UNCG Campus Weekly

Campus Weekly is published each Wednesday when classes are in session. In the summer, it is published biweekly.

First Lady at Fleming

When First Lady Michelle Obama took the podium in Fleming Gymnasium on Aug. 1, she joined a list of first ladies who have visited UNCG.

In 1964, Lady Bird Johnson stopped during a whistle-stop train tour. She stepped off the train behind Curry Building, as helicopters flew overhead, and spoke at a platform on a sports field. She was campaigning as part of her husband Lyndon B. Johnson’s presidential campaign, and was accompanied by her daughter Lynda. A campaign spokesman told the Carolinian student newspaper that the stop would give the UNCG students a “glimpse of what may be the last of the old-fashioned whistle-stop trains, as well as the first one on which the major campaigner was a president’s wife.” The topic of her remarks, as well as her daughter’s: education.

She had visited the campus once before, during the 1960 presidential campaign, in the company of then-presidential candidate John F. Kennedy’s mother, Rose Kennedy. The two women held a news conference a month before the election and were guests at a campaign tea, both events in Alumni House.

Two decades earlier, another First Lady visited the campus. Eleanor Roosevelt spoke at chapel on campus March 21, 1945. The Carolinian reported she also held a press conference in Chancellor W.C. Jackson’s office, speaking about issues of veterans and war and peace. She composed her “My Day” newspaper column in Winfield Hall and attended a tea in her honor in the Weil-Winfield ballroom. Her husband, Franklin D. Roosevelt, had begun his fourth presidential term, and his health was failing. He would die in Warm Springs, Ga., on April 12.

She had also visited this campus in November of 1931, a year before her husband was elected president. The Carolinian, whose subhead described her as “famous wife of famous man,” indicates she gave two lectures in Aycock Auditorium: one on business opportunities for women and one on “the necessary qualities of the woman in business.”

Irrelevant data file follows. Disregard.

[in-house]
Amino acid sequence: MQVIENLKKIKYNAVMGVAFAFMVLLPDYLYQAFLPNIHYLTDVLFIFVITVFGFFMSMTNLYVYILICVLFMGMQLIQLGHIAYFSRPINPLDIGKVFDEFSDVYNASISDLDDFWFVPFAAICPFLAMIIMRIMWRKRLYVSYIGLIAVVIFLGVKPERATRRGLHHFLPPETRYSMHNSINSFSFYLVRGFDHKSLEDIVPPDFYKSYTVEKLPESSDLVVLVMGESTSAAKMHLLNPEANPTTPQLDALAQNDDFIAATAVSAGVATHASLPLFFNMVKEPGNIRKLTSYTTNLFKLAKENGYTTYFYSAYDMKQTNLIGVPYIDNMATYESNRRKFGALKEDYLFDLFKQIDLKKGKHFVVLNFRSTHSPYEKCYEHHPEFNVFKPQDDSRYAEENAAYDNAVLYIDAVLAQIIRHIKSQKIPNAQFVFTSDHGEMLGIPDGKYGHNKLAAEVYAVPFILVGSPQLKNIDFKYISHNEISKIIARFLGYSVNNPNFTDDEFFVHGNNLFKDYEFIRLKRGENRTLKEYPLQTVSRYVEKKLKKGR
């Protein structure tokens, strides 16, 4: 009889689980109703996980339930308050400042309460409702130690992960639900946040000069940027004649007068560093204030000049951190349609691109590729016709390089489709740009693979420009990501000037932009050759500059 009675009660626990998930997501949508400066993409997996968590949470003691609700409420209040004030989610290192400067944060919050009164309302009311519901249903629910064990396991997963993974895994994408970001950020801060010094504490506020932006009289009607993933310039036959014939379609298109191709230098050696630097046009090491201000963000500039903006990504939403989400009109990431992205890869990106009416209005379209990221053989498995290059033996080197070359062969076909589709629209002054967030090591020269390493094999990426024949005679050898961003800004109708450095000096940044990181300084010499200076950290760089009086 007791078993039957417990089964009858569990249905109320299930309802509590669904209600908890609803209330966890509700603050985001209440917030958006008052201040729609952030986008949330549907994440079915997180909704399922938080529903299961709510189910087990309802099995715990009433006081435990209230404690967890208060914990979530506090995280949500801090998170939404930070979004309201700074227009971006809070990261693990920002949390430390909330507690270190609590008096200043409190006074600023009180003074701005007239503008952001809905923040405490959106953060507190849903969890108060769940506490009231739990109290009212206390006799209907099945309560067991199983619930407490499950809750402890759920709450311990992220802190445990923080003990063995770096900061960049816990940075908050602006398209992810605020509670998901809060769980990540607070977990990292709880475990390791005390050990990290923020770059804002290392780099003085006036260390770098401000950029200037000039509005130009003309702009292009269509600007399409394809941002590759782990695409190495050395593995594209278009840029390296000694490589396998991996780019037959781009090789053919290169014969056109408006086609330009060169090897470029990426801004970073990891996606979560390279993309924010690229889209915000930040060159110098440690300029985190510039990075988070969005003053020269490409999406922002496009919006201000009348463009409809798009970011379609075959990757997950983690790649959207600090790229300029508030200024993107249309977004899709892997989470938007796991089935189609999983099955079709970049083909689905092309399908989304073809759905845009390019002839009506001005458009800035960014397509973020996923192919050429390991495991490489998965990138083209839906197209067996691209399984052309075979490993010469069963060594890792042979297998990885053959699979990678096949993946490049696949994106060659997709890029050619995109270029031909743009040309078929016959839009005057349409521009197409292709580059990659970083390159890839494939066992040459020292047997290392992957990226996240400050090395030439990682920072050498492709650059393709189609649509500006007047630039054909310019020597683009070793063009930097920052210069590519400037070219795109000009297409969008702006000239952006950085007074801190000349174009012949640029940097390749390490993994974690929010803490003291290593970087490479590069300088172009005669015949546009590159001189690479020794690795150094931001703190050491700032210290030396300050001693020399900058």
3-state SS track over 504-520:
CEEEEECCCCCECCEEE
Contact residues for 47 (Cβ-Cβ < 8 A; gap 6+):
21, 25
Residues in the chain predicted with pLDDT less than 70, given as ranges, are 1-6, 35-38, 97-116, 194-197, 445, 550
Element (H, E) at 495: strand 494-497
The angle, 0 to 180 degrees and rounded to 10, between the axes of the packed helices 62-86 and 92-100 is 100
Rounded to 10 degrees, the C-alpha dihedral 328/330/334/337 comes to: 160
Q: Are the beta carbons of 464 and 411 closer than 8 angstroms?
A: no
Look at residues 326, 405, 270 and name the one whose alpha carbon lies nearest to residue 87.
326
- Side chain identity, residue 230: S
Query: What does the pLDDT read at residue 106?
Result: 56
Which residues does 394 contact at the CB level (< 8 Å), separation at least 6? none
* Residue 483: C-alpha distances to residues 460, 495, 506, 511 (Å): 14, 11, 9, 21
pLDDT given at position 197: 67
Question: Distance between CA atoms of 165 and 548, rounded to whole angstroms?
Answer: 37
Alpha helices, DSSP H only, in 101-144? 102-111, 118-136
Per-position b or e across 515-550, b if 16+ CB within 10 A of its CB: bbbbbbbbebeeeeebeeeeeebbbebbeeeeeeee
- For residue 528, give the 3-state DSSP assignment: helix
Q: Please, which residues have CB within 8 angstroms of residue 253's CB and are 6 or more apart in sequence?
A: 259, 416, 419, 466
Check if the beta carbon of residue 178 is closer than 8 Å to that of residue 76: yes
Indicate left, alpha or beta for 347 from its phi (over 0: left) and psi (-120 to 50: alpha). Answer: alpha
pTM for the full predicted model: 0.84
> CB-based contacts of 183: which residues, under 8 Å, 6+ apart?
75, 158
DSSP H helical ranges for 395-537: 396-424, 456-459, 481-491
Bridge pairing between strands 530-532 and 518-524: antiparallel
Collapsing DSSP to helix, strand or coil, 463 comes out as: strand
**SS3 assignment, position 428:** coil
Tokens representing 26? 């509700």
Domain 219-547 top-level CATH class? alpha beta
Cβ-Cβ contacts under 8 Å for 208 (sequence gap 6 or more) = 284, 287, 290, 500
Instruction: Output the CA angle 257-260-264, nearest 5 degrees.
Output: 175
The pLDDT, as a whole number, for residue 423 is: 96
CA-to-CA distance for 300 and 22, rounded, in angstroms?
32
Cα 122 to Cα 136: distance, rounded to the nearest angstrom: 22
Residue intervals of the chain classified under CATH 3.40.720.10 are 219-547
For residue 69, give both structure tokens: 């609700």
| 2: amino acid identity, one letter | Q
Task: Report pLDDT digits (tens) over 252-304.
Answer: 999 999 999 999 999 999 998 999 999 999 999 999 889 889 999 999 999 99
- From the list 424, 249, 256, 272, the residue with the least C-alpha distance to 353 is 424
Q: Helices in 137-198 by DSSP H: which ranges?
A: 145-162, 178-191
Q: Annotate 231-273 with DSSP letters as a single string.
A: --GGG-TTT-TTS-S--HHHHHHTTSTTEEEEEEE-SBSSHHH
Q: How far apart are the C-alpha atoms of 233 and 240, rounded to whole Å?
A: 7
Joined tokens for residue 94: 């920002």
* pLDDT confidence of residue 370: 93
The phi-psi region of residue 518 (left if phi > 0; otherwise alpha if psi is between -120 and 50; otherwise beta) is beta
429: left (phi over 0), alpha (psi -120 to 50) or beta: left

She was a friend of Dean Harriet Elliott, namesake of Elliott University Center. In a final visit to UNCG, Mrs. Roosevelt delivered the Harriet Elliott Memorial Lecture in February 1953 in Aycock Auditorium. A former United States delegate to the United Nations, she stressed the value of the United Nations, a Carolinian notes.

Michelle Obama’s speech inside UNCG’s Fleming Gymnasium on Aug. 1 marked the first visit by a first lady since the ‘60s. Her appearance, co-sponsored by the UNCG College Democrats and Obama for America Campaign, came with fewer than 100 days before the presidential election, as she noted. Costs associated with the event were paid for by the Obama for America Campaign.

Part of Walker Avenue and Parking Lot 9 near the baseball stadium were closed for part of the day, with traffic detoured. Otherwise, campus life continued normally.

Alexandra Marchesano, director of Campus Activities and Programs, notes the value of students learning about the political process, how to organize, how to conduct large events. The campus welcomes participation from all candidates and all parties – in addition to non-partisan events, she explains.

Among those attending the Obama event – with a great view from the bleachers behind the podium – were students taking part in the German-American Fulbright Summer Institute at UNCG.

As the crowd streamed out after Mrs. Obama’s speech – accented by bright TV lights and intro and outro music – Felix Hansen, a Fulbright summer institute student from Saxony, Germany, marveled that the event was “pretty different than a German campaign.”

How so? More like a rock show experience, he explained. He was particularly struck by how long the line was to get in.

Mustafa Solak, a Fulbright summer institute student from Berlin, explained in Germany you’d have dozens of political parties, not the two major ones Americans have. He noted that all 25 of the German students were able to attend the campaign event. For them, it was an educational, close-up look at American politics.

And for the campus, another historic event.

By Mike Harris
Photography by Chris English. Before addressing the crowd, Michelle Obama embraced student Keylin Rivera, who’d introduced her. The event was co-sponsored by the UNCG College Democrats and the Obama for America Campaign. Costs associated with the event were paid for by the Obama for America Campaign.